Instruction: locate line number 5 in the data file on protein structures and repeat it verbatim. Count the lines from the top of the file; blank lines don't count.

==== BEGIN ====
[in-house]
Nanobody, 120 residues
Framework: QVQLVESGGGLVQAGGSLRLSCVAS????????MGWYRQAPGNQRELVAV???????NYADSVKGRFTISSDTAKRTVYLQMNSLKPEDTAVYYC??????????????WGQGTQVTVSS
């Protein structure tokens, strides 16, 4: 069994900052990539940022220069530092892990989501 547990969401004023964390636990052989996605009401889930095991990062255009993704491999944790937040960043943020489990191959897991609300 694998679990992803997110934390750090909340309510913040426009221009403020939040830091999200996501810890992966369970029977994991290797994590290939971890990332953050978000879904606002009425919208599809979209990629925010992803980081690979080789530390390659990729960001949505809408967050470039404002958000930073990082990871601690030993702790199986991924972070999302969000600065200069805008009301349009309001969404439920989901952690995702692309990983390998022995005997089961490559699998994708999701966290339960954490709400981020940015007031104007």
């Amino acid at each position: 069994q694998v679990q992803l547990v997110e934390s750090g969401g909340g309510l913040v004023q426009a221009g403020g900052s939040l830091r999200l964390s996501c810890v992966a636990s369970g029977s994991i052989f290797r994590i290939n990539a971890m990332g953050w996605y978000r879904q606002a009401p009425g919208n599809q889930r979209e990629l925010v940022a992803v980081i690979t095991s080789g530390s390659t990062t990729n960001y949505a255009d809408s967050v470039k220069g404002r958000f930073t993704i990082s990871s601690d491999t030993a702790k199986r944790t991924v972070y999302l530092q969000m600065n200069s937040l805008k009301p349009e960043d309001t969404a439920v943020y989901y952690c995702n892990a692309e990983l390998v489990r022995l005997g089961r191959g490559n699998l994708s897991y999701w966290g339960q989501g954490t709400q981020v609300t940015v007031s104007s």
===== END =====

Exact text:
């Amino acid at each position: 069994q694998v679990q992803l547990v997110e934390s750090g969401g909340g309510l913040v004023q426009a221009g403020g900052s939040l830091r999200l964390s996501c810890v992966a636990s369970g029977s994991i052989f290797r994590i290939n990539a971890m990332g953050w996605y978000r879904q606002a009401p009425g919208n599809q889930r979209e990629l925010v940022a992803v980081i690979t095991s080789g530390s390659t990062t990729n960001y949505a255009d809408s967050v470039k220069g404002r958000f930073t993704i990082s990871s601690d491999t030993a702790k199986r944790t991924v972070y999302l530092q969000m600065n200069s937040l805008k009301p349009e960043d309001t969404a439920v943020y989901y952690c995702n892990a692309e990983l390998v489990r022995l005997g089961r191959g490559n699998l994708s897991y999701w966290g339960q989501g954490t709400q981020v609300t940015v007031s104007s």